3. Most postdocs go to a new department or university and thus you have an entire new network of people.  This is really good on the job market, because more people have their ear to the ground for you but also more people are serving as recommenders.


4. Success in two place shows that you are not a fluke, but the genuine article who has managed to discover success in two places.


5. Given the heightened level of independence, you are more competitive on the market.  Search committees often wonder whether graduate students can operate independently of their mentors, and what the transition will be like for them.  Postdocs don't bring the same worries, because you have already demonstrated that you can break away from your graduate mentor and display your independence in fostering a new area of research.


6. Postdocs often have structured environments for you to learn to transition to independence, since that is what they are for.  For example, my postdoc so far has had a job market workshop, a couple of job panels, some methodology short courses.  In the spring we are having a grant development workshop.  Everyone submits at least one NIH grant.




I will add that taking a dissertation fellowship for a year can be similar to a postdoc, depending on how advanced in your diss you are and the resources you have available to you.  I have heard of doctoral students who were finished or nearly finished with the dissertation, who subsequently received a dissertation fellowship, basically "sit" on the dissertation for an extra year and publish the papers during that year while going on the market.  In fact, we just talked about that in one of the job panels I went to recently, and the professors acknowledged that it was a good strategy.  If you are pretty much done you can also use the fellowship year to learn a new skill or travel to some conferences to network. 


It really just depends on your priorities.  For me, I was on a doctoral fellowship that I could've extended for a 7th year of my program, if i wanted to.  But I super anxious to get away from my grad school and grad school city, and the postdoc I was offered allows me the opportunity to meet new people and learn some sophisticated new statistical techniques, so I took it.  And Oh my gosh, I sleep at night.  I haven't gotten so much sleep since I started graduate school 6 years ago.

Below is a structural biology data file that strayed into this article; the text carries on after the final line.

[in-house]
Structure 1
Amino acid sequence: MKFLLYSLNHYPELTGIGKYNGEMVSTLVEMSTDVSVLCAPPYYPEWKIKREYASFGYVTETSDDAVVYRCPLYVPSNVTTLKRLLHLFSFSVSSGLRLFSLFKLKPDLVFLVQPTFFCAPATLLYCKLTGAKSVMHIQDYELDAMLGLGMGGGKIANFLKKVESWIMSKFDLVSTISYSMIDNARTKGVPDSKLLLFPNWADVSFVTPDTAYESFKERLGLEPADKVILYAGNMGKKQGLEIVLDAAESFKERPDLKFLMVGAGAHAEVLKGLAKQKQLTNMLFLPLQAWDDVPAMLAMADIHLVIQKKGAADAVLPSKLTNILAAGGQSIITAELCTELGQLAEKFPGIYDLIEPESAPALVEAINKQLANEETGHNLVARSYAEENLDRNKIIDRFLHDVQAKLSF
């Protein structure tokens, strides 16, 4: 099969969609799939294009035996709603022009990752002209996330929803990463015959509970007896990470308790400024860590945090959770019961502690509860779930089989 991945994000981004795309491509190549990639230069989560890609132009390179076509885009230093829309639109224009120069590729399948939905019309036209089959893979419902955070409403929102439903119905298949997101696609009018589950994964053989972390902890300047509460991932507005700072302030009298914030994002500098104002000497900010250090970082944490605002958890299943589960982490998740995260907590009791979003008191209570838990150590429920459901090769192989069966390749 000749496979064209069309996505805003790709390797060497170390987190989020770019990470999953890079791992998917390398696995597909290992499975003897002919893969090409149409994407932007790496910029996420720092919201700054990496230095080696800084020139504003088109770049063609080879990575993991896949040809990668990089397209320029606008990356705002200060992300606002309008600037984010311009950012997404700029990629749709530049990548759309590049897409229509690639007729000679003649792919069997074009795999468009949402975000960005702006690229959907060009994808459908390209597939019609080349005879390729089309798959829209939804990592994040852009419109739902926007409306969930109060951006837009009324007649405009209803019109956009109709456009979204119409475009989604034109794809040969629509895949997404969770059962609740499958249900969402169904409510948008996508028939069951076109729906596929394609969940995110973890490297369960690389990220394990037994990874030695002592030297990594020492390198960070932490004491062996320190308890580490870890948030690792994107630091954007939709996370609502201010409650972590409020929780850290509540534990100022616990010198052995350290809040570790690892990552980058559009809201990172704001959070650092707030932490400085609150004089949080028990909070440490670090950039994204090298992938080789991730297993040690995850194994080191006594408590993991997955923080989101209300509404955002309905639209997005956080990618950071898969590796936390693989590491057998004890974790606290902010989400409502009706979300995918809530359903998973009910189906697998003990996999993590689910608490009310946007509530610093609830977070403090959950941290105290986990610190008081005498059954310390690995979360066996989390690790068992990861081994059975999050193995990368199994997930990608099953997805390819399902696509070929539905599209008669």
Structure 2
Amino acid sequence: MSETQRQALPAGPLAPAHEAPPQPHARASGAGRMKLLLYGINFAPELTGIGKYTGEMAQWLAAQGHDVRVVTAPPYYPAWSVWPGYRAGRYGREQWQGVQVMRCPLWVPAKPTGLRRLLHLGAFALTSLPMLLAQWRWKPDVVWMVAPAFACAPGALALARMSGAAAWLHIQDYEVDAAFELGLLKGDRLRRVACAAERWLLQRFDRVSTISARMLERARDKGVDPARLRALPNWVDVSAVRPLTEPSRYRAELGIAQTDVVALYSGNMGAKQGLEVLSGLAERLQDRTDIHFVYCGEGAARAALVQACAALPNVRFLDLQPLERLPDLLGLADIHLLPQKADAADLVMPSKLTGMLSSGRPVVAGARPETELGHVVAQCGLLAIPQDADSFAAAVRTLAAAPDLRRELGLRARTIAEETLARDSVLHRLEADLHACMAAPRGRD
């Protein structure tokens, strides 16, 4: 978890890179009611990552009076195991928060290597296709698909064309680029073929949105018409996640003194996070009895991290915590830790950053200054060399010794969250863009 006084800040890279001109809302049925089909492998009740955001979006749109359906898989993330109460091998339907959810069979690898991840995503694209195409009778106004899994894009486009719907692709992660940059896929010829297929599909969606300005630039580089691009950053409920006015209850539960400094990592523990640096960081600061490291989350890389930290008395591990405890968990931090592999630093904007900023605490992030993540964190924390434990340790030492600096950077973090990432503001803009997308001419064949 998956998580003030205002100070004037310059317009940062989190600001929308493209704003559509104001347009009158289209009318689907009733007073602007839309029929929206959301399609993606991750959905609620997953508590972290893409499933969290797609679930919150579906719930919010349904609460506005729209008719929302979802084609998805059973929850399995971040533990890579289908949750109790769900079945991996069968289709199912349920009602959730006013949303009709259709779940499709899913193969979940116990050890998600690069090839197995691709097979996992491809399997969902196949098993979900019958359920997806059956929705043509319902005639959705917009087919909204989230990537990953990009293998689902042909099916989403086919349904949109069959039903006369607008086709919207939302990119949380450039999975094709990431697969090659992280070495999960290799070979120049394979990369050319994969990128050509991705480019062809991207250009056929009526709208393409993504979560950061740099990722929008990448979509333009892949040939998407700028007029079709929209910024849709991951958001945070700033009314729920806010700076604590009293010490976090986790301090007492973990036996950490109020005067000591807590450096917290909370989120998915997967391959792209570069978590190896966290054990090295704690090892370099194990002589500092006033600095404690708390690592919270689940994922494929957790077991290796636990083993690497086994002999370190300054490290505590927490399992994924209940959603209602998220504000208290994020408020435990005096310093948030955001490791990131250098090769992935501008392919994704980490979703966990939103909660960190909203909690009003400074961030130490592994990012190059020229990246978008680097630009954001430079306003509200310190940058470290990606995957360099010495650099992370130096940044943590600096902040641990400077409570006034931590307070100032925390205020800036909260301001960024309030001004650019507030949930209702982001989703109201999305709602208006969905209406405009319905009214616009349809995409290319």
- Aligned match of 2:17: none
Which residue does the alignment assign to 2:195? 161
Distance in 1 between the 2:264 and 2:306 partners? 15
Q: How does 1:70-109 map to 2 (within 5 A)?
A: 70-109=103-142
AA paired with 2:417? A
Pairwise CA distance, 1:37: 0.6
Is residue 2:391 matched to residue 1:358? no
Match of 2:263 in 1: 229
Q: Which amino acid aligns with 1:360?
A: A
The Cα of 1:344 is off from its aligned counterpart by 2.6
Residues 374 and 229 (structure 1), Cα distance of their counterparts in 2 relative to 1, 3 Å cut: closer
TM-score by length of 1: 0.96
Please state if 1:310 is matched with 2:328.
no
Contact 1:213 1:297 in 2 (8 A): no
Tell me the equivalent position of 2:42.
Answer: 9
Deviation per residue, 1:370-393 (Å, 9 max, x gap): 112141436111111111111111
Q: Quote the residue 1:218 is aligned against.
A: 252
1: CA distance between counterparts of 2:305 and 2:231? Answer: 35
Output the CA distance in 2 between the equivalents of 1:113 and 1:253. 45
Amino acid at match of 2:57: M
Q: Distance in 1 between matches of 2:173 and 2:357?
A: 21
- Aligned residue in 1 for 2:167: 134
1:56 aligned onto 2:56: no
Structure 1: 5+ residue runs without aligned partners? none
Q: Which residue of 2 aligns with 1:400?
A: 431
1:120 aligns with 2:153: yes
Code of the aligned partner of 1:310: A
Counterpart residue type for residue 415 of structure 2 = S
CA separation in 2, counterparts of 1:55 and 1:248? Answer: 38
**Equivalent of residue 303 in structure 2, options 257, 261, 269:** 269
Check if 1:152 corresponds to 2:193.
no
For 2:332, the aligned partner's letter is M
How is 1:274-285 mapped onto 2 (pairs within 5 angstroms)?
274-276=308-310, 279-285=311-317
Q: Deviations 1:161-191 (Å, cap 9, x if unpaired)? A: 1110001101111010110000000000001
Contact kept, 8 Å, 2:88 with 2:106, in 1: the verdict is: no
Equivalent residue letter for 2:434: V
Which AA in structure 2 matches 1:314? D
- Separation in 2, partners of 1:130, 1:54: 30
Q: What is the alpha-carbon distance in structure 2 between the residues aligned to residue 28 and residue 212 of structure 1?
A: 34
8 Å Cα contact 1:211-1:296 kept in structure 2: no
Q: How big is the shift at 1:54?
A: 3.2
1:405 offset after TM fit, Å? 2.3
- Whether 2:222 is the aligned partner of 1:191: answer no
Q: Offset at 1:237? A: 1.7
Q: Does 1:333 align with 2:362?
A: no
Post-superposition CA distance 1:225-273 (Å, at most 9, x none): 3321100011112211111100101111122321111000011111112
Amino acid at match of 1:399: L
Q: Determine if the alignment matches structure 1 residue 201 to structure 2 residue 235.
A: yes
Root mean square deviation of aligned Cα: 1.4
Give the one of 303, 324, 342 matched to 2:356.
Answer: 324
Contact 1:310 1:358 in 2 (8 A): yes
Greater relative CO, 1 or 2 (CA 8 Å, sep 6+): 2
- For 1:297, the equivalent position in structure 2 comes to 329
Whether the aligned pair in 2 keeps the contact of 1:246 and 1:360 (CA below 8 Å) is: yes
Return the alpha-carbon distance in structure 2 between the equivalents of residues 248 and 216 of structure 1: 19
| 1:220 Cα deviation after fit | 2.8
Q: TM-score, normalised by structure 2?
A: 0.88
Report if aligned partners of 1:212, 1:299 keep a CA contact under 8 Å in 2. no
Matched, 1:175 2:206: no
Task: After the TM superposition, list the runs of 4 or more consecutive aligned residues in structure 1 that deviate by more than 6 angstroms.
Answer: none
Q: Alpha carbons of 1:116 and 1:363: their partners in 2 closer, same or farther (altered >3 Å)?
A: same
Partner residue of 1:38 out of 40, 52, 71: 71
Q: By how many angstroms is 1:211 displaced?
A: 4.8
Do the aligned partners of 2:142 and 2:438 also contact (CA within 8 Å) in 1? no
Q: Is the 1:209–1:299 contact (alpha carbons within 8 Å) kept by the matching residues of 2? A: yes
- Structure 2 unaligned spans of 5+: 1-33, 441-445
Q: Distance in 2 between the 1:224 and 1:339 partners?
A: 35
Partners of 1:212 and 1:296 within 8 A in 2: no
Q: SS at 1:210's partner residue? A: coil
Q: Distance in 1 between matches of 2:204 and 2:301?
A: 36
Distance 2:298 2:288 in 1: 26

Two more points:


1. I agree with Eigen.  I am assuming that you are advanced in your dissertation - almost done - and at the decision point of whether to finish quickly and move into a postdoc, or take a diss fellowship and "sit" on it for a year.  But if you are just beginning your dissertation and won't be done, do note that postdocs require you to have defended first, and will often require a letter from your department saying that you have completed all of the requirements of the PhD other than depositing the dissertation.  When I started my postdoc, I had just defended but not deposited, and it was clear that I was expected to finish my revisions very quickly so I could deposit the dissertation and have it off my plate.  And I actually had to push my start date back, because my committee was not available for my defense on the original planned date (even though I was finished and ready).


2. These days, it is getting increasingly difficult in psychology for a person to get a faculty position without a postdoc, particularly at R1 institutions.  I've been browsing a lot of CVs these days, and I am hard-pressed to find any recently hired faculty members at top research universities who didn't do a postdoc before they were hired.  I've seen that even people at top teaching colleges and regional doctoral-level (but not R1 and R2) institutions have done postdocs before getting appointed to a faculty position.  If you look at smaller teaching colleges and regional master's or baccalaureate level colleges and universities, many of the professors there still came straight from undergrad - but many did not!  If you have any aspirations at all towards an R1 or R2 research institution, you'll be far more competitive if you do a postdoc.  And even if you don't, you'll still be more competitive with a postdoc.